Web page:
Keep it goin'! I like seeing any kind of interesting books covered in this thread, whether good, bad, or just odd.

I Am Just a Box
Jul 20, 2011
I belong here. I contain only inanimate objects. Nothing is amiss.



Thesaurasaurus posted:

Forsaken Werewolves are emphatically not presented as good guys. They're :black101: as gently caress, and play a crucial role in the setting's metaphysical 'ecology', but they're a necessary evil.

I'd go as far as to argue they're not necessary. Nothing bad intrinsically happens if there isn't a werewolf pack around keeping territory. They're likely to run into conflict with things that do cause problems, but they're not the only beings that can wage those battles. Further, depending on the pack's interpretation of their territory and what is best for it, having werewolves around at work could easily be wholly harmful rather than merely a double-edged sword.

That doesn't justify killing them all, of course. They're people, however dangerous people they are. Beast wouldn't be as bad if they kept more firmly to a tone of "we know we cause harm by our very nature, we are monsters; but we are alive and will make no apologies for doing what we must to thrive." Dave Brookshaw made a point in the World of Darkness thread that a game doesn't need aspirational protagonists, characters whom you would condone and wish to be like. You can have charismatic monsters, who are not aspirational characters or good people, but who are interesting people to follow.

That's the part where Beast falls short. The deeds of the monsters are divided between being pitch black and deeply alienating (especially where the strong undertones of abuse bring the game's protagonists uncomfortably close to banal evils with which some are very familiar), and petty and milquetoast (the horrors of bureaucratic gridlock), and their words and deeds show a lack of cleverness or self-awareness. The things Beasts do aren't compelling or entertaining. They're not charismatic monsters. They're not interesting to follow. They're just shitheads, and bathetic shitheads at that.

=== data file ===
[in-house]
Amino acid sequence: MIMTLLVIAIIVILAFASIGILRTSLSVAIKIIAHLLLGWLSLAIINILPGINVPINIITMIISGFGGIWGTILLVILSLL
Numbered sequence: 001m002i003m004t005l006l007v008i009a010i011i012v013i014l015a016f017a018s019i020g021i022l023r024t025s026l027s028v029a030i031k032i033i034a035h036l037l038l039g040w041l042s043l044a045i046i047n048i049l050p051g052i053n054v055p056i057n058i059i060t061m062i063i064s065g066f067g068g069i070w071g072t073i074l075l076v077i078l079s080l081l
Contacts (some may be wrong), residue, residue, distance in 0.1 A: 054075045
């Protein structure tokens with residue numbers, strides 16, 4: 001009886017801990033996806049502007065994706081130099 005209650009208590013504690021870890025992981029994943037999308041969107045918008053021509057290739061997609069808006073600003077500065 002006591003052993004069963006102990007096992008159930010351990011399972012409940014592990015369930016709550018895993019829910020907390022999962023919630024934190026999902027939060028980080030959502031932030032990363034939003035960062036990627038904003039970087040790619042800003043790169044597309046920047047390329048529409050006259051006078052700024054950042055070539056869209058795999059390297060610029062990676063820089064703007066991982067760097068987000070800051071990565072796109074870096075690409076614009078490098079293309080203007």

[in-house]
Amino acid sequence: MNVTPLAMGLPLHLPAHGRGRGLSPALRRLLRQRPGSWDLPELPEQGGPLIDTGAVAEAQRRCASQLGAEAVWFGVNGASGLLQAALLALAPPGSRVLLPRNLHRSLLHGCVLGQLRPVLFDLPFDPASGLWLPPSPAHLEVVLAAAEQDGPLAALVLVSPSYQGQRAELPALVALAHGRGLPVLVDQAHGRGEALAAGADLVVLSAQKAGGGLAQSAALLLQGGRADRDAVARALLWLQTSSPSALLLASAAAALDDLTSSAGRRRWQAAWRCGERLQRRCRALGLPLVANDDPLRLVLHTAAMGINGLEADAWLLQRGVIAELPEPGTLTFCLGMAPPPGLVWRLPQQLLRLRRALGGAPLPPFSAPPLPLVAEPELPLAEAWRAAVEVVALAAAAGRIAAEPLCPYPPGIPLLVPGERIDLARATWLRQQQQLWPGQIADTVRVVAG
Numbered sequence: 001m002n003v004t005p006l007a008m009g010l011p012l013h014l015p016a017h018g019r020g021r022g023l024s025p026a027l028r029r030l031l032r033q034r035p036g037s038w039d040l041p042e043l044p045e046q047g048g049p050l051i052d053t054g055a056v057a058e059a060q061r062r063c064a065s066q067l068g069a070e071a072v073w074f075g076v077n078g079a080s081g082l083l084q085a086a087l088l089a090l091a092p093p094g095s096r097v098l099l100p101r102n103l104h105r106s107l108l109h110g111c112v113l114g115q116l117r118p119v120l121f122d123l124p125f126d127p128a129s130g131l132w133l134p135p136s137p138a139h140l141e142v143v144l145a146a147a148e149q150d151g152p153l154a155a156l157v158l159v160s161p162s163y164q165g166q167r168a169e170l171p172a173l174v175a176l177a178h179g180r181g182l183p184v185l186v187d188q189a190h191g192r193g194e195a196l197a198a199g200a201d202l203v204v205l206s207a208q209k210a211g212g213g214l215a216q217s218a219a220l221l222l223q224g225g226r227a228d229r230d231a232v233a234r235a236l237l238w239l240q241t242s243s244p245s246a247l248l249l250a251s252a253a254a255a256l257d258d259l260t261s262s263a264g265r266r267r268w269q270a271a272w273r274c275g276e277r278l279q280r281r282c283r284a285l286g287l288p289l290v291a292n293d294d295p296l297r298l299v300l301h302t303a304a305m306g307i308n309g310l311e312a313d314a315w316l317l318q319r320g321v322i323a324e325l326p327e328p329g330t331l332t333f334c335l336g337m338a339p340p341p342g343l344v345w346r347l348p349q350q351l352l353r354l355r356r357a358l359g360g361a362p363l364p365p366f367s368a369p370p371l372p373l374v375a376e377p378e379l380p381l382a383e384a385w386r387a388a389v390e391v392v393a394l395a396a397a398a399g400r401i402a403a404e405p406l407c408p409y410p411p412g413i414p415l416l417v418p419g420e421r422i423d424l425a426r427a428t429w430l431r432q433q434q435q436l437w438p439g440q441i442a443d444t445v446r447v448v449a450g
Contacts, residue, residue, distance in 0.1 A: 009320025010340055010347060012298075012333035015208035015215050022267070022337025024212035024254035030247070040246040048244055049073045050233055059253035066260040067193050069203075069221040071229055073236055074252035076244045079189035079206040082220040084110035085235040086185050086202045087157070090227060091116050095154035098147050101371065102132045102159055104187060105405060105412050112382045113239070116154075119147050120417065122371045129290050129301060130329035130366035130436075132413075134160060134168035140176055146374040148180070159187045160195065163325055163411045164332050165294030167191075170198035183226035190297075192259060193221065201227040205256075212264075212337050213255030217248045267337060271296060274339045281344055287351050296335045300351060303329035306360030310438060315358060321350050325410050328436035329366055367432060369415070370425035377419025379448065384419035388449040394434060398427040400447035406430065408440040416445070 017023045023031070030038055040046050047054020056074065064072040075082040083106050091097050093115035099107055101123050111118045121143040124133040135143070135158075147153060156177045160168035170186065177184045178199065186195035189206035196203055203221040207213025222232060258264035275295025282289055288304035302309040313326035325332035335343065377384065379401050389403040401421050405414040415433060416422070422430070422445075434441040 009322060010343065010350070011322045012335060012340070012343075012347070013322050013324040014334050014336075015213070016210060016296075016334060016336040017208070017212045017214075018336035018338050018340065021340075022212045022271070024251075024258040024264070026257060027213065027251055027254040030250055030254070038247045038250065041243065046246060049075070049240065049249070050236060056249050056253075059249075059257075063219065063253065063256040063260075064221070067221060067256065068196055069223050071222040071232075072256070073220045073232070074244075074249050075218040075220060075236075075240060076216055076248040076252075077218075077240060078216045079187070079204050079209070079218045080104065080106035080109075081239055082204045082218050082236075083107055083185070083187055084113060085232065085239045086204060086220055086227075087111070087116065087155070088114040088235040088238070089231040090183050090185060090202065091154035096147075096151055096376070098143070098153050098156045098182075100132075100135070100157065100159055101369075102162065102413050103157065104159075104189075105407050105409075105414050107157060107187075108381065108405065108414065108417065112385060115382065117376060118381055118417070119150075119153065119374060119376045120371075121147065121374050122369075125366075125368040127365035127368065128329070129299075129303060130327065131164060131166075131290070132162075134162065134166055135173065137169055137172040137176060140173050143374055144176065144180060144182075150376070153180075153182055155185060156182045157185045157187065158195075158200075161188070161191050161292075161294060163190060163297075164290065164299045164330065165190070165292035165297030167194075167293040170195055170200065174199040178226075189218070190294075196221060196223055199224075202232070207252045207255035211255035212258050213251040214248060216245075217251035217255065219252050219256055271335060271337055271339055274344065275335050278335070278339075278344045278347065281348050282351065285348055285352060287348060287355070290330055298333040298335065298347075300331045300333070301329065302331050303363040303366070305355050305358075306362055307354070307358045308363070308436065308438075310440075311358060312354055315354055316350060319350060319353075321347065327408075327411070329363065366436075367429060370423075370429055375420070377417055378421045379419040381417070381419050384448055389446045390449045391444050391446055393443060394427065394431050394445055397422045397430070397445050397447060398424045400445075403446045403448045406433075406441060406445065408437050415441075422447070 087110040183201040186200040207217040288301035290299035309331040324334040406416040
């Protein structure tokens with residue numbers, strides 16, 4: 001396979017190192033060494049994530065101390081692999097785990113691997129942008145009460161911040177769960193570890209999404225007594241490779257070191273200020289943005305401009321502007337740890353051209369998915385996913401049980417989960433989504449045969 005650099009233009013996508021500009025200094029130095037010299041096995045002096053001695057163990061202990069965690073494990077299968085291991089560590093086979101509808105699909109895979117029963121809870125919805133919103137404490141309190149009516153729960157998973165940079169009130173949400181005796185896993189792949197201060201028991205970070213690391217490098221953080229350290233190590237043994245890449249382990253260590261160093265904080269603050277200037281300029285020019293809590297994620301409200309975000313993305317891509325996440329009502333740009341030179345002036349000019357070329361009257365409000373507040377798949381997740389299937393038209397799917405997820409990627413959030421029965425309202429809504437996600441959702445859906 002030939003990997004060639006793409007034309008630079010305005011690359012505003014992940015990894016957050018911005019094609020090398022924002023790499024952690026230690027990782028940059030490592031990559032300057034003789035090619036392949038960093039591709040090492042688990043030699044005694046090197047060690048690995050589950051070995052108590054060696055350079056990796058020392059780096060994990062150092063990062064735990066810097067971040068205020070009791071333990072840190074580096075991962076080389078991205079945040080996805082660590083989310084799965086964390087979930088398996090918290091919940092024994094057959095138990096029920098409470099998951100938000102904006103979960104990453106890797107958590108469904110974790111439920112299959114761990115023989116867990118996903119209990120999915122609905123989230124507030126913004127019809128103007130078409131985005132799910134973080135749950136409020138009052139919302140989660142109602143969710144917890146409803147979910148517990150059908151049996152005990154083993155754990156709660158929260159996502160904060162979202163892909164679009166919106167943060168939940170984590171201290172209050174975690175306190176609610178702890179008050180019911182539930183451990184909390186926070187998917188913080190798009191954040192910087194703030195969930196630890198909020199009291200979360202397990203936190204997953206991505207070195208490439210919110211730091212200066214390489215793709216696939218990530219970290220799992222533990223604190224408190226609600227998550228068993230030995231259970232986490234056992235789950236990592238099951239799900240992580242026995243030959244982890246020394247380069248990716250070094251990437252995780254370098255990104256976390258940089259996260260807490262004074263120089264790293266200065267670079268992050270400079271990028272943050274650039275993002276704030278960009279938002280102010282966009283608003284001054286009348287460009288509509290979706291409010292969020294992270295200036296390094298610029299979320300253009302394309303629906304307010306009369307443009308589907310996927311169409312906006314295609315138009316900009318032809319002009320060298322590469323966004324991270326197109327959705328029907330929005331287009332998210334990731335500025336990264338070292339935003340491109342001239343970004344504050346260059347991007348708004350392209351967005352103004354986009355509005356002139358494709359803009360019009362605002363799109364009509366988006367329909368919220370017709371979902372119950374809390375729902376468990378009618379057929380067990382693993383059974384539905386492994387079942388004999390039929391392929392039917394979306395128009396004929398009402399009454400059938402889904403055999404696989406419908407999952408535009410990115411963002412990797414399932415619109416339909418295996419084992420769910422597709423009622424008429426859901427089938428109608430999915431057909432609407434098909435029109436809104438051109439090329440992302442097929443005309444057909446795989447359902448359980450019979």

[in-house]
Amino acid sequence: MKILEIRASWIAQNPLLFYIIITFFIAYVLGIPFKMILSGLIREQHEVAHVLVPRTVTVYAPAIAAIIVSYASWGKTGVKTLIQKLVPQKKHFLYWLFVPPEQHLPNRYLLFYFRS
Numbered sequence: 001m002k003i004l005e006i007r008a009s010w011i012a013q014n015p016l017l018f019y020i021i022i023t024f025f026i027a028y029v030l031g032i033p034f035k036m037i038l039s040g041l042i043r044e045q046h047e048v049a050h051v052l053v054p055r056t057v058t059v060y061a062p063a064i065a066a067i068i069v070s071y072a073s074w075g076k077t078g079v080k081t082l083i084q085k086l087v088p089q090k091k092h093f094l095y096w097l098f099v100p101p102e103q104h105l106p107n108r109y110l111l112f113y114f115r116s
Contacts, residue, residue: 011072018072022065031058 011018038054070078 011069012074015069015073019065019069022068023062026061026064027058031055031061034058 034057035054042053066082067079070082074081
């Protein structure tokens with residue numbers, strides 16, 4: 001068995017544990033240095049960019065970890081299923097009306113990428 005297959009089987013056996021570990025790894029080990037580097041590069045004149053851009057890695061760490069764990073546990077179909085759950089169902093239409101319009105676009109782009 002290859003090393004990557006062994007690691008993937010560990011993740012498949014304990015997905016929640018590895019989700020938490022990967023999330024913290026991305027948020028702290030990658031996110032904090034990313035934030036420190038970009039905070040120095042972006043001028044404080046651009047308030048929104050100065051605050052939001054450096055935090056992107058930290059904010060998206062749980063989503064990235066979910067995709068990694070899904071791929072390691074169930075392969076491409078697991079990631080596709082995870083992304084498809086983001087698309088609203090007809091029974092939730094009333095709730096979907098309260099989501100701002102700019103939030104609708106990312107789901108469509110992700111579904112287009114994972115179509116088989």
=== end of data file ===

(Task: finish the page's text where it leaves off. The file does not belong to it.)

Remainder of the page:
As for imputing value judgments onto weird cross-comparisons with the oWoD, that's not in my wheelhouse. I got into tabletop gaming long past that time and never had any particular opinion on the Technocracy or anything. I think the idea of Task Force VALKYRIE or the VASCU dispatching to address paranormal activity is definitely cool, but especially in the case of VALKYRIE, that doesn't mean I find the idea aspirational. I'd probably peg most of VALKYRIE's composition as violent thugs entertaining dreams of heroism. Ordinary humans, too, are perfectly capable of being charismatic monsters. They're interesting to follow.

I Am Just a Box
Jul 20, 2011
I belong here. I contain only inanimate objects. Nothing is amiss.



Chernobyl Peace Prize posted:

If you're siding with Count "devil's advocate for any game, the worse the better" Chocula on a point you're probably on the wrong end of an argument, fair warning.

I don't always agree with the Count's preferences but I like seeing his input and reactions here. Dude's earnest, he's not hostile, he's open to what he's reading, he seems to have changed some opinions about some games a little as he's read the writeups here. He's kinda refreshing. I don't want to suggest folks are arguing in bad faith just because they have different tastes. I'm down with the Count : )

Not a fan of his cereal, though.

I Am Just a Box
Jul 20, 2011
I belong here. I contain only inanimate objects. Nothing is amiss.



Hostile V posted:

There's an example in a premade scenario called Dem Bones where a Sin Eater was bound to a Geist so old and dead and alien it barely acts human anymore. All it does, 24/7, is chant a snippet from the song Dem Bones. She can't sleep unless she's dead and she's taken to trying to kill herself to shut it up. Which is what it wants: after enough deaths, the Sin Eater's mind is gone and the Geist gets absolute control.